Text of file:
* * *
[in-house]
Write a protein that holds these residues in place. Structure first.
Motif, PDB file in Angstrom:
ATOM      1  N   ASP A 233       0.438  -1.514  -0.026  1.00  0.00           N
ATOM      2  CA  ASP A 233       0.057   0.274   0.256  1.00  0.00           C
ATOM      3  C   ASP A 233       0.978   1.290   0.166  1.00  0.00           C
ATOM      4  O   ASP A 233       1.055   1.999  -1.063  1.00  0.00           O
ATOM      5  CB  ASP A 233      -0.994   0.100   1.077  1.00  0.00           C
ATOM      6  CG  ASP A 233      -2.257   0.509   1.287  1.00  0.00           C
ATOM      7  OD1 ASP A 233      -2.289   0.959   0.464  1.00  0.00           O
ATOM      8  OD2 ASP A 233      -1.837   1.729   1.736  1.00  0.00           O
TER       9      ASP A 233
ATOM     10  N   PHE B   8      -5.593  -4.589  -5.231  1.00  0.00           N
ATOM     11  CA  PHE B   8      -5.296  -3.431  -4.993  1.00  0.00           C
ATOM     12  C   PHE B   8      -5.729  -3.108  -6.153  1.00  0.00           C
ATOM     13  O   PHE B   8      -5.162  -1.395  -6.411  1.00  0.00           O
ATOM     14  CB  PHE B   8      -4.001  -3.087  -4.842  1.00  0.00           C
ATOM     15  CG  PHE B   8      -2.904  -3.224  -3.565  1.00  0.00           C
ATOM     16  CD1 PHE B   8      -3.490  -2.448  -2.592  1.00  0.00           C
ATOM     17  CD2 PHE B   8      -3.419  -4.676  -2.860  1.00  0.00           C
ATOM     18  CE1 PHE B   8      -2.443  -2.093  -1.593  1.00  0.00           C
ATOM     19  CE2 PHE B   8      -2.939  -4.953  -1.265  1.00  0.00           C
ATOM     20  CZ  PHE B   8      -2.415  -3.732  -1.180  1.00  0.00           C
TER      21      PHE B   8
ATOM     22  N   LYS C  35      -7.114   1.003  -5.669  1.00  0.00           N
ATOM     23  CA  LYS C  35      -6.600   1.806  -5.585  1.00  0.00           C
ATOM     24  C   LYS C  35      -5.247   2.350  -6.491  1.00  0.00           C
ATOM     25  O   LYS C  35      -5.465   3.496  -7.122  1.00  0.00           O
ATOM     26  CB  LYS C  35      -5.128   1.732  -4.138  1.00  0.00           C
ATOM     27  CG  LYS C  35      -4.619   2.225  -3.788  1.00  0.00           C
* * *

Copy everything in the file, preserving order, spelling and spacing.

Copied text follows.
[in-house]
Write a protein that holds these residues in place. Structure first.
Motif, PDB file in Angstrom:
ATOM      1  N   ASP A 233       0.438  -1.514  -0.026  1.00  0.00           N
ATOM      2  CA  ASP A 233       0.057   0.274   0.256  1.00  0.00           C
ATOM      3  C   ASP A 233       0.978   1.290   0.166  1.00  0.00           C
ATOM      4  O   ASP A 233       1.055   1.999  -1.063  1.00  0.00           O
ATOM      5  CB  ASP A 233      -0.994   0.100   1.077  1.00  0.00           C
ATOM      6  CG  ASP A 233      -2.257   0.509   1.287  1.00  0.00           C
ATOM      7  OD1 ASP A 233      -2.289   0.959   0.464  1.00  0.00           O
ATOM      8  OD2 ASP A 233      -1.837   1.729   1.736  1.00  0.00           O
TER       9      ASP A 233
ATOM     10  N   PHE B   8      -5.593  -4.589  -5.231  1.00  0.00           N
ATOM     11  CA  PHE B   8      -5.296  -3.431  -4.993  1.00  0.00           C
ATOM     12  C   PHE B   8      -5.729  -3.108  -6.153  1.00  0.00           C
ATOM     13  O   PHE B   8      -5.162  -1.395  -6.411  1.00  0.00           O
ATOM     14  CB  PHE B   8      -4.001  -3.087  -4.842  1.00  0.00           C
ATOM     15  CG  PHE B   8      -2.904  -3.224  -3.565  1.00  0.00           C
ATOM     16  CD1 PHE B   8      -3.490  -2.448  -2.592  1.00  0.00           C
ATOM     17  CD2 PHE B   8      -3.419  -4.676  -2.860  1.00  0.00           C
ATOM     18  CE1 PHE B   8      -2.443  -2.093  -1.593  1.00  0.00           C
ATOM     19  CE2 PHE B   8      -2.939  -4.953  -1.265  1.00  0.00           C
ATOM     20  CZ  PHE B   8      -2.415  -3.732  -1.180  1.00  0.00           C
TER      21      PHE B   8
ATOM     22  N   LYS C  35      -7.114   1.003  -5.669  1.00  0.00           N
ATOM     23  CA  LYS C  35      -6.600   1.806  -5.585  1.00  0.00           C
ATOM     24  C   LYS C  35      -5.247   2.350  -6.491  1.00  0.00           C
ATOM     25  O   LYS C  35      -5.465   3.496  -7.122  1.00  0.00           O
ATOM     26  CB  LYS C  35      -5.128   1.732  -4.138  1.00  0.00           C
ATOM     27  CG  LYS C  35      -4.619   2.225  -3.788  1.00  0.00           C